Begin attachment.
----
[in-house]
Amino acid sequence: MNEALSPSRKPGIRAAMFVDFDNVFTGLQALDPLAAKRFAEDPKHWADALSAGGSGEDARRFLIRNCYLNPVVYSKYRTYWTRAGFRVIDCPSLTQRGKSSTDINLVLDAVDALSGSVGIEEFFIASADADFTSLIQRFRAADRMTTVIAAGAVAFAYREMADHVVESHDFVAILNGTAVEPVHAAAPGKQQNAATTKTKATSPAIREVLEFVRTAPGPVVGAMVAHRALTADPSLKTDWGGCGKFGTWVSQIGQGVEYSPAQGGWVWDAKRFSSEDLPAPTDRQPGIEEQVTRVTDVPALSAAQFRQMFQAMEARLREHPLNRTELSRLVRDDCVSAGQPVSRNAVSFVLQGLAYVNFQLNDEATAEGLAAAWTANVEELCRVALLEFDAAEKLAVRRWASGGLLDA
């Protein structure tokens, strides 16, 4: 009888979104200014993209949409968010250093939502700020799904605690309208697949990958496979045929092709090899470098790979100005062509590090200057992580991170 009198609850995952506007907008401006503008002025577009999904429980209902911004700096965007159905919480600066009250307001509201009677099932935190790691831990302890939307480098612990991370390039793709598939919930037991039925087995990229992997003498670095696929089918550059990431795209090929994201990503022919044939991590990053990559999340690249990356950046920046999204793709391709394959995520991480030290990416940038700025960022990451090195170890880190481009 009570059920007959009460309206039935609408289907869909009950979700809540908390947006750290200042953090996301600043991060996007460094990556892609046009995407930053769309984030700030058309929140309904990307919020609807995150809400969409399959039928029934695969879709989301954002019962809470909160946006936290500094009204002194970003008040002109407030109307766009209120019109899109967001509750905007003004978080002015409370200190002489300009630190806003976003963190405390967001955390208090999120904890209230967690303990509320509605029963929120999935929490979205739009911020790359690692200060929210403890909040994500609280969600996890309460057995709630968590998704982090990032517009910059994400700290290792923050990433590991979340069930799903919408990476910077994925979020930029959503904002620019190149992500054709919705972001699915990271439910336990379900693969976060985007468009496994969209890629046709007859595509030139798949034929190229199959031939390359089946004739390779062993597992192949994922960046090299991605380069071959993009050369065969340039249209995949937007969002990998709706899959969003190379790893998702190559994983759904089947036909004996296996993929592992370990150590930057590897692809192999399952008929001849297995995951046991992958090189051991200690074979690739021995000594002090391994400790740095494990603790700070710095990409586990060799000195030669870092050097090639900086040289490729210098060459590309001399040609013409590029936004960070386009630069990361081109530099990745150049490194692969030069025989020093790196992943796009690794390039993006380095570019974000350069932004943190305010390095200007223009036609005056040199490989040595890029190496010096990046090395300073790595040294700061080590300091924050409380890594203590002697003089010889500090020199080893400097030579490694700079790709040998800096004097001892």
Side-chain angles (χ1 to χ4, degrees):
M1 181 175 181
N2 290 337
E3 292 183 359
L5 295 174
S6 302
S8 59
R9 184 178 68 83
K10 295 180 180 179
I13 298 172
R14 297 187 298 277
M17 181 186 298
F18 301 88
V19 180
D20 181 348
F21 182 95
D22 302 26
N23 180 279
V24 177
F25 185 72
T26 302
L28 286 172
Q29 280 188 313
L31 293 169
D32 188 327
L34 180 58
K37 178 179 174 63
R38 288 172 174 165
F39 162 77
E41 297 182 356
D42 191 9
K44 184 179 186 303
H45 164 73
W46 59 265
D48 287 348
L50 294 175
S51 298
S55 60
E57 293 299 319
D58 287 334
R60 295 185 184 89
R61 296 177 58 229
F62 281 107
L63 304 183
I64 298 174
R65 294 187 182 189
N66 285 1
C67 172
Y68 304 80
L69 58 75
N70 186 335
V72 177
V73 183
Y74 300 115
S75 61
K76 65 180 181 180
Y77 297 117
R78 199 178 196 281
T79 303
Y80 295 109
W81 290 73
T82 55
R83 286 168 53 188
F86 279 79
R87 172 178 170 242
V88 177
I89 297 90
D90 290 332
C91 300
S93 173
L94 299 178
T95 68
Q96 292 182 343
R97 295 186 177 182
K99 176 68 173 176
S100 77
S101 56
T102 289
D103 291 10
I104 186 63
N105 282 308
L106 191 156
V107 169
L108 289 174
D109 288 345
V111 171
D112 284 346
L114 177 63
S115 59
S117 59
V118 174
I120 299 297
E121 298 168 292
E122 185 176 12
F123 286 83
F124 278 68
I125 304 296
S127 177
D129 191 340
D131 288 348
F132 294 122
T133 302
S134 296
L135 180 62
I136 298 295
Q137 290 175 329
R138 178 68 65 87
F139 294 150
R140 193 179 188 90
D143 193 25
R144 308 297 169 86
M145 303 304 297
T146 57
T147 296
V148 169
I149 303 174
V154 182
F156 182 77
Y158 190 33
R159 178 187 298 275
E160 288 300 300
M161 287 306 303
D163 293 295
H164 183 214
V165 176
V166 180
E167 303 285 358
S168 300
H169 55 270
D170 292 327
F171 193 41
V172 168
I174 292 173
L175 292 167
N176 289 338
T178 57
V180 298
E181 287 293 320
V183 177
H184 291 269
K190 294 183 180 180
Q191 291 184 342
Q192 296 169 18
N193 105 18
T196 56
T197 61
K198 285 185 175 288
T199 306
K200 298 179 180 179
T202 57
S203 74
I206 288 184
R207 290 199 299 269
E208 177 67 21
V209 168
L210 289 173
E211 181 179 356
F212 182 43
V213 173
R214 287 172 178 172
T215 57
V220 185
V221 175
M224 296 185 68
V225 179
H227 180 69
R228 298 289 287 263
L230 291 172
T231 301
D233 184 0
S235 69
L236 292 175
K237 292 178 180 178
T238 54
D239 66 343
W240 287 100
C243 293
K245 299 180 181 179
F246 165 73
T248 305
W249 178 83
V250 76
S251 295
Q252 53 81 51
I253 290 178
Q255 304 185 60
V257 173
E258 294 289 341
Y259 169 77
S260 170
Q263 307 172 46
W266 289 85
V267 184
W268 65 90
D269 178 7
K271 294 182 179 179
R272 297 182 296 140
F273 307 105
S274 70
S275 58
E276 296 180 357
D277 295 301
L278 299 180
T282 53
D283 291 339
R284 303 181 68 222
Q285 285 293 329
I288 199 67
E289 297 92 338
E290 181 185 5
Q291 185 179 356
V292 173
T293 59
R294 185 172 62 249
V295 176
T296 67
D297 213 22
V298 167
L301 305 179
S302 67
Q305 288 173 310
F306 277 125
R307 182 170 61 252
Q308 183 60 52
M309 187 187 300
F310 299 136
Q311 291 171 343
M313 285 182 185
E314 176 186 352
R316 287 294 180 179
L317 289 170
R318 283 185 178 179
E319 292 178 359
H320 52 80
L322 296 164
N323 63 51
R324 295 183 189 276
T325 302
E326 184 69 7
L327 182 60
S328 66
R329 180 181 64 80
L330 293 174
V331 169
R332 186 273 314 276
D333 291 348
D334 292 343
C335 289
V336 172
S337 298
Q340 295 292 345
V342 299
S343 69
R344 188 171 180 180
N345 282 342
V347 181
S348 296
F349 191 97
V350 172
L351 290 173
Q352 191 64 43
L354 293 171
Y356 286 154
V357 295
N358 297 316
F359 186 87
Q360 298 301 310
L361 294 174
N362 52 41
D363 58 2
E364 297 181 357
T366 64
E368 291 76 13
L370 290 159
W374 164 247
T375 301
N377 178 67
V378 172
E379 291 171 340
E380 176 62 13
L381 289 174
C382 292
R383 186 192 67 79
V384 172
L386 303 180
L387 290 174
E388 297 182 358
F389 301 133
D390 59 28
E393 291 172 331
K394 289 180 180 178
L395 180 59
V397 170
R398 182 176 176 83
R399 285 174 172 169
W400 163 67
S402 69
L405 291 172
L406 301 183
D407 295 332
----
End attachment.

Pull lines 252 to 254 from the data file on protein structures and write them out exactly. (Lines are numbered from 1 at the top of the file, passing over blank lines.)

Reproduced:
V336 172
S337 298
Q340 295 292 345